Rollback Your Car Odometer with Motor MythBusters!

Rollback Your Car Odometer with Motor MythBusters!

09/09/2021

450,000 cars sold each year are victims of odometer fraud—taking a car odometer and rolling back the displayed mileage to increase the perceived value of the car. Odometer rollback is a federal offense, and modern cars make it very difficult to do, but according to pop culture, rolling back the mileage is as simple as driving in reverse. Yeah, the Motor MythBusters don’t believe that for a second.

Related: Odometer fraud is illegal, but streaming Motor MythBusters—only on the MotorTrend App—isn’t! Better yet, it’s fun and educational and there’s thousands of hours of other great automotive shows to enjoy, too! Your free trial is only a click away.

In the 1986 movie Ferris Bueller’s Day Off, the titular role—played by Matthew Broderick—convinces his best friend to take his dad’s pristine 1961 Ferrari GTO California Spyder on a day-long joyride while they ditch school. Obviously, daddy would notice the increase in mileage, but Ferris assures his friend they can simply put the Ferrari on jackstands and let it run in reverse for a while. You’ll have to watch the movie (and this episode of Motor MythBusters) to find out if that worked.

How Does a Car Odometer Work?

Back in ye olden days, when a car odometer was an analog affair, the dial was turned by a cable connecting the odometer and transmission. That actually wasn’t that long ago; most car manufacturers started phasing out mechanical odometers in favor of digital versions in the early 2000s. 

Rolling back to how mechanical odometers actually functioned, the transmission output shaft of a car is equipped with a specially designed spline gear that drives the speedometer gear. Yes, we’re talking about recorded distance, not speed, but it’s all the same assembly.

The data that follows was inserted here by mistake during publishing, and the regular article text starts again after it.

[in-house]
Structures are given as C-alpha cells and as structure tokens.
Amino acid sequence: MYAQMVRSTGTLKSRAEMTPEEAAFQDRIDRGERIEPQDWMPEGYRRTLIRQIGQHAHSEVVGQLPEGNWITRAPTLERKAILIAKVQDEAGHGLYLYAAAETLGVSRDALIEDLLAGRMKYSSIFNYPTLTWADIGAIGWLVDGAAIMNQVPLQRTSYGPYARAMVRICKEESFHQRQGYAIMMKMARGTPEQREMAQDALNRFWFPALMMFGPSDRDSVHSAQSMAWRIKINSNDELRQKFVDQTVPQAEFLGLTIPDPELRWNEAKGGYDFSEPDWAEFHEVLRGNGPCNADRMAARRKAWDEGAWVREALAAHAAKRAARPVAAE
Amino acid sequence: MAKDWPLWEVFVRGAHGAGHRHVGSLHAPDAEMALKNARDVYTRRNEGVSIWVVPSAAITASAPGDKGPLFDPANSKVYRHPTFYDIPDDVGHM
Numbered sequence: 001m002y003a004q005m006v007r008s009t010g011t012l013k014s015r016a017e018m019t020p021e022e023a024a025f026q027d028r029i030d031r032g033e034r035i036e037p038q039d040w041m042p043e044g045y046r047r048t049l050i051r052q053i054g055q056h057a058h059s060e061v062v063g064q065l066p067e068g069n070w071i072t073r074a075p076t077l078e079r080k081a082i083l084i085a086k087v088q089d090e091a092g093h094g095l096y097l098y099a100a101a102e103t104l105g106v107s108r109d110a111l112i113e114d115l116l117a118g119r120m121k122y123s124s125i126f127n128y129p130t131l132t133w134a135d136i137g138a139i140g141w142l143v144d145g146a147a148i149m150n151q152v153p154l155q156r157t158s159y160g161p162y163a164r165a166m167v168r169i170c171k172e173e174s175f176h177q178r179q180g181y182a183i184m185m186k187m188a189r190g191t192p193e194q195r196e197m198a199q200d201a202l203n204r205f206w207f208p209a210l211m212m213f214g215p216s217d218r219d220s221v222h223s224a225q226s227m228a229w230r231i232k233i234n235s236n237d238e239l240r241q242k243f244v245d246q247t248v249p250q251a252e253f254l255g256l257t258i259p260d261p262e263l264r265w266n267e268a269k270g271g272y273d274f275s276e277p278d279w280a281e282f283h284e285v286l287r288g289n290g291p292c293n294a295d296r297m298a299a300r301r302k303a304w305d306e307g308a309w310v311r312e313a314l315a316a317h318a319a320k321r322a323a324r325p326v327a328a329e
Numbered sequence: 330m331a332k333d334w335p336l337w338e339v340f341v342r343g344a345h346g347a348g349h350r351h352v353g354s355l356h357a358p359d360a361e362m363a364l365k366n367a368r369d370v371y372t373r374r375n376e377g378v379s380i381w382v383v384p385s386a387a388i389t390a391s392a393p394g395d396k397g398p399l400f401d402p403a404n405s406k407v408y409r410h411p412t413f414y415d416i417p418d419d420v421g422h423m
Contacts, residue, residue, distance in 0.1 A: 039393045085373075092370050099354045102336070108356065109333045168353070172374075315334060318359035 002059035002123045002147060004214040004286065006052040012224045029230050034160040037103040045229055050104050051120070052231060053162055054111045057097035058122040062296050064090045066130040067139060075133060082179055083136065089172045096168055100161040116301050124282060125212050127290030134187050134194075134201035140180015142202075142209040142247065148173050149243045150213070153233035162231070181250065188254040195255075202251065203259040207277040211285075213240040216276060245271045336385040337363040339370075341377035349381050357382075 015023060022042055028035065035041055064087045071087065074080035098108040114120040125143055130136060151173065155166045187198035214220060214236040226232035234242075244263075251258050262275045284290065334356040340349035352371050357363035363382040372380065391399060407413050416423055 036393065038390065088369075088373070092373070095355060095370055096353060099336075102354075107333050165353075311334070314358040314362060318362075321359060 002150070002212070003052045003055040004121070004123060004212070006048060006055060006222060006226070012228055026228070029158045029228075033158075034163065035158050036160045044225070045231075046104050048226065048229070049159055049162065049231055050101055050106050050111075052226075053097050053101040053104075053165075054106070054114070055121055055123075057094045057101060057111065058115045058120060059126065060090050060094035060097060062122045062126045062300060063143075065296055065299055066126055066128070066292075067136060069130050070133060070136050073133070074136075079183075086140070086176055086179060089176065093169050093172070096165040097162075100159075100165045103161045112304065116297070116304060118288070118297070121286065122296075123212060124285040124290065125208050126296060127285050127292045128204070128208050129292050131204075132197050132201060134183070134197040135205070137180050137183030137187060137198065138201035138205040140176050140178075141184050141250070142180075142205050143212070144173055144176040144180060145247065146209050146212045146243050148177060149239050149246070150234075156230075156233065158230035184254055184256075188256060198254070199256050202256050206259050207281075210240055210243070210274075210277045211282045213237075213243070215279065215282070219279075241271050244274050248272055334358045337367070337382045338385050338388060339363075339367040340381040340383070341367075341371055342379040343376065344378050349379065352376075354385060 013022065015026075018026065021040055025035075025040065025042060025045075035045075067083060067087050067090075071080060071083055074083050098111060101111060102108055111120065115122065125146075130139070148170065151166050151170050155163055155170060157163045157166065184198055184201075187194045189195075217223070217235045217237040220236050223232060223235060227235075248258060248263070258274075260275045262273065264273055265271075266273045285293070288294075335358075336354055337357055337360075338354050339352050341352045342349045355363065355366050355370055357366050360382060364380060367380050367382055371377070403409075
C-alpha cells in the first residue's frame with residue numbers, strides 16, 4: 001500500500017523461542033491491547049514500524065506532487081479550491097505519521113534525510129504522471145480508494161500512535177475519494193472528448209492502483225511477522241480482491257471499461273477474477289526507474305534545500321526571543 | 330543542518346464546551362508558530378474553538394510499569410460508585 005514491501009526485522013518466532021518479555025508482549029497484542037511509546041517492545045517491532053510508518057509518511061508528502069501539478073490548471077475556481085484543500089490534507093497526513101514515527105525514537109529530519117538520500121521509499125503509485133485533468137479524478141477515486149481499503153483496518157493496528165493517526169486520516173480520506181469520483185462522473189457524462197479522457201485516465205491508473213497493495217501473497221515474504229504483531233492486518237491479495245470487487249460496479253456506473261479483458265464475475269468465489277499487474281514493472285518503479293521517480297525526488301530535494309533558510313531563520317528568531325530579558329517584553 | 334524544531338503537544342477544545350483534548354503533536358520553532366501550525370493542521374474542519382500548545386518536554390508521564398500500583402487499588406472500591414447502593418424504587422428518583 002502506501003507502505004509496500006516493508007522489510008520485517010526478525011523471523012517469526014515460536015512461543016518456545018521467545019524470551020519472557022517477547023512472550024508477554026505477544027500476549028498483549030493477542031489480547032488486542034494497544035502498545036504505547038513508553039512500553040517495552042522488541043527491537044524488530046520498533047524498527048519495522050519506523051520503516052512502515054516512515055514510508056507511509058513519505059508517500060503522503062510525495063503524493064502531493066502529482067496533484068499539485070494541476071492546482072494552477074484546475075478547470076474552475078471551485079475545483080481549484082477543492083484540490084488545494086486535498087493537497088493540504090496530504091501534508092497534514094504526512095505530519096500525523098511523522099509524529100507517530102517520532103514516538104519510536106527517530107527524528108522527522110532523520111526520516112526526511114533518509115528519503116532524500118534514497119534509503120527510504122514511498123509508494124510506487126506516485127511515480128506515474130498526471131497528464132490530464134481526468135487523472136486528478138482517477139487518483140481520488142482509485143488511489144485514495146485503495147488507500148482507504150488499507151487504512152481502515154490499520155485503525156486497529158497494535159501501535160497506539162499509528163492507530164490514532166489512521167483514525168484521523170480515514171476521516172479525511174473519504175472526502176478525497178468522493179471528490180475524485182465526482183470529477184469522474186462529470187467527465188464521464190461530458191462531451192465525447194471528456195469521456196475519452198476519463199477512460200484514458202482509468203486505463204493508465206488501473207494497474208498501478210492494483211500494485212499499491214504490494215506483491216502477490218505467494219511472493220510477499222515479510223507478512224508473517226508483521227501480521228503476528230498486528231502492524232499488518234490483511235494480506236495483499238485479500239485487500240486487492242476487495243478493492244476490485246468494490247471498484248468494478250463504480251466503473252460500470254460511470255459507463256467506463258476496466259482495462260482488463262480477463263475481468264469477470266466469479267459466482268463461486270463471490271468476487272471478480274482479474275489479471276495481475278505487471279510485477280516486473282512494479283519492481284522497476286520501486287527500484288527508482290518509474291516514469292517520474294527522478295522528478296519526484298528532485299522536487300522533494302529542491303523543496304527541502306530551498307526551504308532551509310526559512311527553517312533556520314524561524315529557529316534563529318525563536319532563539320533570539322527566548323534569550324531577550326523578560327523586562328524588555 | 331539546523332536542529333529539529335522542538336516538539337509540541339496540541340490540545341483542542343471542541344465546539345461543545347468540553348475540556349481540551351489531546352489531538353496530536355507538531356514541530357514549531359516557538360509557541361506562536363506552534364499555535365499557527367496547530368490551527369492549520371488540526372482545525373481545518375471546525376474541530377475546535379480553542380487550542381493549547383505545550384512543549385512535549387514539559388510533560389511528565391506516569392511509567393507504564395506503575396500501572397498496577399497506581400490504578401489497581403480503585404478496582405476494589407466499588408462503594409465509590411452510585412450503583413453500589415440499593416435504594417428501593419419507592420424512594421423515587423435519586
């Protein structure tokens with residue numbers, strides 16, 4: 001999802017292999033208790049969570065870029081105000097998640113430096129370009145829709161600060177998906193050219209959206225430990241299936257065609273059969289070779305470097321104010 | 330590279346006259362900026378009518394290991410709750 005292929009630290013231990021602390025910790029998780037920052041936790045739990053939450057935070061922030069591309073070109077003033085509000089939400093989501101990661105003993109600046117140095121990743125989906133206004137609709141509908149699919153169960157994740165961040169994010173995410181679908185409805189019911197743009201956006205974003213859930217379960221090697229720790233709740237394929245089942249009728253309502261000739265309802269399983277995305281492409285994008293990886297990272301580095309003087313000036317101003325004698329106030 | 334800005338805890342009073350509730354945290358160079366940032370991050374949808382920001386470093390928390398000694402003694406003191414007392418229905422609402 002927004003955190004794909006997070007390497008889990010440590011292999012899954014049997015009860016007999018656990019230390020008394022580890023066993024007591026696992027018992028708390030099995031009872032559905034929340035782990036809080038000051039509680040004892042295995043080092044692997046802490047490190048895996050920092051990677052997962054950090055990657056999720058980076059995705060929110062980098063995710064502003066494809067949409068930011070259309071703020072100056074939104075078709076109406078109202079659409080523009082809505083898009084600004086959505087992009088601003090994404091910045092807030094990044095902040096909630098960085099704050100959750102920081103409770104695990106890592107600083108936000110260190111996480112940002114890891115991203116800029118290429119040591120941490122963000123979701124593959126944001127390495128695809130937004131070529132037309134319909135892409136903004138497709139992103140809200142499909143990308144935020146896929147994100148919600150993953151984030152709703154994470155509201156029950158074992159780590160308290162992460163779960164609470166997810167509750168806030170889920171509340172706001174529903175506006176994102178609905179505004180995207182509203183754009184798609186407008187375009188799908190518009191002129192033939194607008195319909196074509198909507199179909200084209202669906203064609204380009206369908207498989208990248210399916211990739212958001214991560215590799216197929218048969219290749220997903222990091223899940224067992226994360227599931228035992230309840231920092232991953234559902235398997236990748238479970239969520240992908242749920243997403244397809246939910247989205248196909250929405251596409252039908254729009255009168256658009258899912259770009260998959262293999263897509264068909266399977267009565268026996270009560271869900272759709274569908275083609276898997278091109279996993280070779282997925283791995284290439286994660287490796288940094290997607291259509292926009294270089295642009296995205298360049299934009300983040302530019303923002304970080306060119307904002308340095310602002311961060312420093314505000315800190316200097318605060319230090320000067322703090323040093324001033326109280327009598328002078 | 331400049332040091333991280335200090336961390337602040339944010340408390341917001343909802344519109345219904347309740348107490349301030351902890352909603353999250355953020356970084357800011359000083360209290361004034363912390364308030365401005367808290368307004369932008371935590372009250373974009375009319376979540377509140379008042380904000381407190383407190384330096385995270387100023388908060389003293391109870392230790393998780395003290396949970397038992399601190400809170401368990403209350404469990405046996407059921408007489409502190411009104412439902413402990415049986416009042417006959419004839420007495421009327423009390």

Fun Fact: Two of the last cars sold in the United States with mechanical odometers were the 2003 Pontiac Grand Prix and the 2005 Ford Crown Victoria and Mercury Grand Marquis (Canadian-built models).

The speedometer gear spins a cable that is connected to a set of gears that turn a numbered dial that displays mileage using the mathematical magic of gear reduction. The rotating speed and diameter of the transmission output shaft spline gear, the diameter of the speedometer gear, and diameter of the car’s drive tires all affect the odometer’s output. This is why changing the diameter of a car’s drive tires without changing the speedometer gear can affect the displayed speed and recorded miles.

It’s easy to think that because there is a direct mechanical connection from the odometer gear set to the transmission output shaft, turning the transmission the opposite way would roll back the miles. Indeed that was the case until around the 1960s, when auto manufacturers started making more sophisticated odometers capable of recording distance traveled in both forward and reverse with ratcheting and free-wheeling gears like you find on a bicycle.

Modern digital odometers replace the clockwork and cables with magnetic sensors that record the number of times the transmission output shaft rotates. That information goes to the car’s onboard computer, and after some electrons shoot through processors and wires, you’ve got all the information you need to operate your car. 

How to Spot Odometer Fraud

Mechanical or digital, odometers can be changed if one tries hard enough. But the Motor MythBusters want to arm you with the knowledge of what to look for when a used car seems too good to be true. Sometimes, with mechanical odometers, it’s as simple as checking to see if the numbers line up properly. Digital odometers that can be changed with professional-grade diagnostic tools and are more tricky to spot odometer fraud.

With either case, think of all the contact points you have inside a car: the driver’s seat, steering wheel, pedals, sun visors, various switches and buttons—unless those are replaced or refurbished when the miles get rolled back, they will all display signs of wear commensurate with the actual mileage of the car. People who are willing to commit odometer fraud to make easy money are probably not likely to put lots of effort into covering up these small but telltale signs of use.

The traction pad on the brake pedal in a car with less than 20,000 miles shouldn’t be falling off or showing the metal underneath. Same for other high-wear areas like the seat bolsters or window switches. The steering wheel shouldn’t be deteriorated or feel worn. Even fresh tires on a low-mileage car can be a clue that the odometer has been tampered with.

A low-mileage car shouldn’t have many interior blemishes that can be associated with regular use. This is the opposite of the classic colloquialism, “never look a gift horse in the mouth.” We say, “always look a used car in the pedal box,” and the Motor MythBusters agree.

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